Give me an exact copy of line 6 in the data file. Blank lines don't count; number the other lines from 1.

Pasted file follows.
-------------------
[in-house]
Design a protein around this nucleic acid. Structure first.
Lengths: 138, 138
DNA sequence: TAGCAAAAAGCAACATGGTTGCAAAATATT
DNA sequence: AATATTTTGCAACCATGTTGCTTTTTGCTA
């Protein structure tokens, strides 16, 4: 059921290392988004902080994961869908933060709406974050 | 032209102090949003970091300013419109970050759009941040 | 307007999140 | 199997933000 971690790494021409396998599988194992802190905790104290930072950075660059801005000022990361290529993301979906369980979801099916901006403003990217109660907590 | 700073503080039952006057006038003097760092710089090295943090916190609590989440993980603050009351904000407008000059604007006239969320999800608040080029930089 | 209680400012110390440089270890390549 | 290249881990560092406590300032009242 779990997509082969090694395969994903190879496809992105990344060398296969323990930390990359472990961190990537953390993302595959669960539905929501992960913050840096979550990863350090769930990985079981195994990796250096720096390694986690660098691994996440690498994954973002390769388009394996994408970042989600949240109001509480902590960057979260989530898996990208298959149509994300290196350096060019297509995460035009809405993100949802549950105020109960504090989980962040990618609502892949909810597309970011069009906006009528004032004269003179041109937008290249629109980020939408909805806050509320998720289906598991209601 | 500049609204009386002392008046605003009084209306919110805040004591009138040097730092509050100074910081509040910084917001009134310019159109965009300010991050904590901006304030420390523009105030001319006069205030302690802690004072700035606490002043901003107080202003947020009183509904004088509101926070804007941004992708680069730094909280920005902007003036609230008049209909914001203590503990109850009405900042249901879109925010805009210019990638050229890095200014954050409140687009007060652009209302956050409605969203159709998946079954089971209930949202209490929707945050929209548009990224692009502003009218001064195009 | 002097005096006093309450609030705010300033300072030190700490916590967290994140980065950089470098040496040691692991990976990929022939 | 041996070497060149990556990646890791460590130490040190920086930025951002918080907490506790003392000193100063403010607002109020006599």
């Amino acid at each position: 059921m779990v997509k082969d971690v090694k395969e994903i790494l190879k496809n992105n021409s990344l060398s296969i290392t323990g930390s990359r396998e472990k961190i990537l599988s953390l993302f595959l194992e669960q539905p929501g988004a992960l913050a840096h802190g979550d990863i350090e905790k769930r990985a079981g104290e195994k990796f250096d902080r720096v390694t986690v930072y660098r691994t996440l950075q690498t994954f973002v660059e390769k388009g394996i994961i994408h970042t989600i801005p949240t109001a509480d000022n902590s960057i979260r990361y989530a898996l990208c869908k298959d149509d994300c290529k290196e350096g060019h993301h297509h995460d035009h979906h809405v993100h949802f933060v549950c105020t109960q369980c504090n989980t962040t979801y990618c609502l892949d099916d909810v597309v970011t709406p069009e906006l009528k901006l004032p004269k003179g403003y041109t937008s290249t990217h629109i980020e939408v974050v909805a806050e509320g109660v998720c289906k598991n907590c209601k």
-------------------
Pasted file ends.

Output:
């Protein structure tokens, strides 16, 4: 059921290392988004902080994961869908933060709406974050 | 032209102090949003970091300013419109970050759009941040 | 307007999140 | 199997933000 971690790494021409396998599988194992802190905790104290930072950075660059801005000022990361290529993301979906369980979801099916901006403003990217109660907590 | 700073503080039952006057006038003097760092710089090295943090916190609590989440993980603050009351904000407008000059604007006239969320999800608040080029930089 | 209680400012110390440089270890390549 | 290249881990560092406590300032009242 779990997509082969090694395969994903190879496809992105990344060398296969323990930390990359472990961190990537953390993302595959669960539905929501992960913050840096979550990863350090769930990985079981195994990796250096720096390694986690660098691994996440690498994954973002390769388009394996994408970042989600949240109001509480902590960057979260989530898996990208298959149509994300290196350096060019297509995460035009809405993100949802549950105020109960504090989980962040990618609502892949909810597309970011069009906006009528004032004269003179041109937008290249629109980020939408909805806050509320998720289906598991209601 | 500049609204009386002392008046605003009084209306919110805040004591009138040097730092509050100074910081509040910084917001009134310019159109965009300010991050904590901006304030420390523009105030001319006069205030302690802690004072700035606490002043901003107080202003947020009183509904004088509101926070804007941004992708680069730094909280920005902007003036609230008049209909914001203590503990109850009405900042249901879109925010805009210019990638050229890095200014954050409140687009007060652009209302956050409605969203159709998946079954089971209930949202209490929707945050929209548009990224692009502003009218001064195009 | 002097005096006093309450609030705010300033300072030190700490916590967290994140980065950089470098040496040691692991990976990929022939 | 041996070497060149990556990646890791460590130490040190920086930025951002918080907490506790003392000193100063403010607002109020006599």